Spoiler alert! This is about the Breaking Bad finale, so stop reading if you haven’t seen it yet.
First things first: I loved the ending of Breaking Bad. It was the perfect conclusion to the best long form examination of the fine line between good and evil and a man’s descent into darkness that I have ever experienced.
But, it didn’t end the way I expected it would. Specifically, I didn’t expect a happy ending—a morally ambiguous happy ending to a morally ambiguous tale of an American antihero.
What I really didn’t expect was the revelation of Walter White as a Christ figure.
Walter White a Christ figure? The murderous drug lord? The man who willfully crossed every line between right and wrong? A Christ figure?
Hear me out.
The final scene brings it all together. The camera pulls out on a dying Walter White, lying on the ground in an almost cruciform pose, bleeding from a wound to his side, one palm of his hand bloodied like the stigmata. When the camera rises past the ceiling rafters, two of them make a cross over his body.
To my surprise, the finale of Breaking Bad involved a good deal of redemption. To be sure, it is a kind of morally ambiguous redemption that only makes sense in the shades-of-gray world of Breaking Bad. Of course, none of the damage that was done was restored. The pain and suffering that Walt caused didn’t go away. But he made sure that his kids would get some of the money he so desperately wanted to leave as his final gift to them; he offered an apology of sorts to his wife; he saw his children for one last time; he had his revenge on those characters even more repugnant than himself; and he literally set the imprisoned Jesse free, delivering him from the pit and ultimately laying down his life for him.
In the end, Walter White dies as a savior who manages to bring about some degree of redemption to the web of evil he has himself created.
Christ figures function in fiction in one of two ways: they either provide commentary on Jesus himself or they reflect an understanding of hero and savior from contemporary culture. Walter White is the latter. Though we have been horrified by his actions and mesmerized by his transformation from good to bad, at some level we were still rooting for him. We were skillfully reminded of this in the final episode as we marveled at his ingenious play of Elliott and Gretchen and took pleasure in his ultimate command of his situation and fate.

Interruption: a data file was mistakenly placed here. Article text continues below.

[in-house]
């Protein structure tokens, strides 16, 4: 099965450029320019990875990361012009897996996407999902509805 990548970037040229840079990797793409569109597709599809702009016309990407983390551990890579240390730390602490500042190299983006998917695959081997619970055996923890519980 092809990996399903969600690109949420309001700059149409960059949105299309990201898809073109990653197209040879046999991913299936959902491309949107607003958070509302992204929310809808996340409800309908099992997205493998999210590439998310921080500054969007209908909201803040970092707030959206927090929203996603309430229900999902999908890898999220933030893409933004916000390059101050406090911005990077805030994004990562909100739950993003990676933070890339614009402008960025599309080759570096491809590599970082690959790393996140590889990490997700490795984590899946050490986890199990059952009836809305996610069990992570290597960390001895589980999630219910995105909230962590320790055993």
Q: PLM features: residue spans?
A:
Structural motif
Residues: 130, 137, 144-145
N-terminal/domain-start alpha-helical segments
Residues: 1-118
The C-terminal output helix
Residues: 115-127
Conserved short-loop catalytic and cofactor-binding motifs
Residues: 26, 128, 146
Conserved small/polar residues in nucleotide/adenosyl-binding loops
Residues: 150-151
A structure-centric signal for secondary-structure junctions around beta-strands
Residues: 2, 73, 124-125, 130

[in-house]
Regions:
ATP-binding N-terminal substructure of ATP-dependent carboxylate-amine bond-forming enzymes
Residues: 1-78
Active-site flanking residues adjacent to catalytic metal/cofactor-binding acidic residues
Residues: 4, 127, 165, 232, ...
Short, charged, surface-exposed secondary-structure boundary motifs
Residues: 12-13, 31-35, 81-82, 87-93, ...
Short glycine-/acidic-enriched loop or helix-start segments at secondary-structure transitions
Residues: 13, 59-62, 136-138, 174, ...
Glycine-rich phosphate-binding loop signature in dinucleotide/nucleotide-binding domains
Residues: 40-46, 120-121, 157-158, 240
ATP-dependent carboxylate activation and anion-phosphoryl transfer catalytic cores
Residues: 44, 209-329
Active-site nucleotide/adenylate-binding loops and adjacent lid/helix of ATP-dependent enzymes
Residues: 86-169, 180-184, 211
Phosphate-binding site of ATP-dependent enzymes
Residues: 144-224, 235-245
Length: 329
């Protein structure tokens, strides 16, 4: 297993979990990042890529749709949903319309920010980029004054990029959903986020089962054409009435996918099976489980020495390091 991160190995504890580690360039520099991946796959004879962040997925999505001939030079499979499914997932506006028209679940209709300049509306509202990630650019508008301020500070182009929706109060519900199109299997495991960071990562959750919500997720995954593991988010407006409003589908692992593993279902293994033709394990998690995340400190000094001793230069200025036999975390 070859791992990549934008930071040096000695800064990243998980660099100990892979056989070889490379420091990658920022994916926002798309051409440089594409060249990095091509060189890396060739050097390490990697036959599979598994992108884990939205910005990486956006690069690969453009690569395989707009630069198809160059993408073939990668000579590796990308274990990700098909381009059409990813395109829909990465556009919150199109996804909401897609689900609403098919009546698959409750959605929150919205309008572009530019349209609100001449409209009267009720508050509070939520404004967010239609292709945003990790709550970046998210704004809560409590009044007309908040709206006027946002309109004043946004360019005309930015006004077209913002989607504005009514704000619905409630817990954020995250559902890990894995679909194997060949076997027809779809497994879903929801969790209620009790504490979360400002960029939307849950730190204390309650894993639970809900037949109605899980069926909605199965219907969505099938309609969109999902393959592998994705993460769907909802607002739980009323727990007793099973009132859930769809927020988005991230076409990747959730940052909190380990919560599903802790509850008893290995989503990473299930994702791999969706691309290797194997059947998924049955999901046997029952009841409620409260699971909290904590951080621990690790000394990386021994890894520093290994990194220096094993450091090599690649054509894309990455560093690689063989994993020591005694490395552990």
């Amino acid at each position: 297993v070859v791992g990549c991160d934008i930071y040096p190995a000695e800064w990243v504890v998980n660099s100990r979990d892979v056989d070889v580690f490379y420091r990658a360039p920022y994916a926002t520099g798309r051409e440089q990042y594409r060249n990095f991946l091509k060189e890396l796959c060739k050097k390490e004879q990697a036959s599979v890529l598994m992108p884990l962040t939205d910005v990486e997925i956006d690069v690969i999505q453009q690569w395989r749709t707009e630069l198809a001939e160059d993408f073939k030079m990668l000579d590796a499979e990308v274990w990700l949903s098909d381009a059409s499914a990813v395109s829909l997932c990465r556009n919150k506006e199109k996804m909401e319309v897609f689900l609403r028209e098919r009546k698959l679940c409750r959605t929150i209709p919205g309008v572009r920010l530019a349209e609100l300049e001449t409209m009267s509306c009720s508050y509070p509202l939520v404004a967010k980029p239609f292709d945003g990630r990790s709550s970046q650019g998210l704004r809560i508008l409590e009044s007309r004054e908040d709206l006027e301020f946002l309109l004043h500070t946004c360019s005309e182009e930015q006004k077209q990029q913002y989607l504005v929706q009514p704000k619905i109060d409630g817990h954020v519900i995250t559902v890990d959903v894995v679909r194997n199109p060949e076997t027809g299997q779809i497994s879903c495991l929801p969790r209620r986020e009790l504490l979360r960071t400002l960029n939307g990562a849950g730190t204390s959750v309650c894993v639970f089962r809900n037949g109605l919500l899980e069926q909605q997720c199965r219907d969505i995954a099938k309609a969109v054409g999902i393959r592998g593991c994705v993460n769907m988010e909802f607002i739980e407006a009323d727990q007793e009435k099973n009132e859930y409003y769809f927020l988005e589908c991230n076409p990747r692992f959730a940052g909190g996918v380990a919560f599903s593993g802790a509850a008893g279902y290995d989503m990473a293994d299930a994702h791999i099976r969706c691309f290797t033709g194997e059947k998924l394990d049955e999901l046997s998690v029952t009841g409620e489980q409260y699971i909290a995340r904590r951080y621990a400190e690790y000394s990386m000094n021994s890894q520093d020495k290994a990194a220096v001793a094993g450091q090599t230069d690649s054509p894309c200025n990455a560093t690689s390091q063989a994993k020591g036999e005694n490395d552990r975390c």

Whether it is catharsis or something else, it is not uncommon for us to admire and identify with the “bad guy” of the story. When Walt makes his confession—”I did it for me. I liked it. I was good at it. And I was…really…I was alive.”—we were forced to admit that we liked it too.
So Walter White represents a morally ambiguous savior and a hero for our morally ambiguous times. In the pursuit of something good—providing for his family after his premature death—he makes some very bad choices that snowball into catastrophic consequences. But he uses his cunning to fix things as best he can—in a thoroughly corrupt yet nonetheless coherent ethical framework—and dies more admired than demonized.
Whether or not Walter White got what he deserved is a good question to ponder. Just as fascinating, and perhaps more important, is the question of what Walter White and our fascination with him says about us. Is he the savior we think we deserve? Is he the best savior we can imagine in our morally ambiguous world?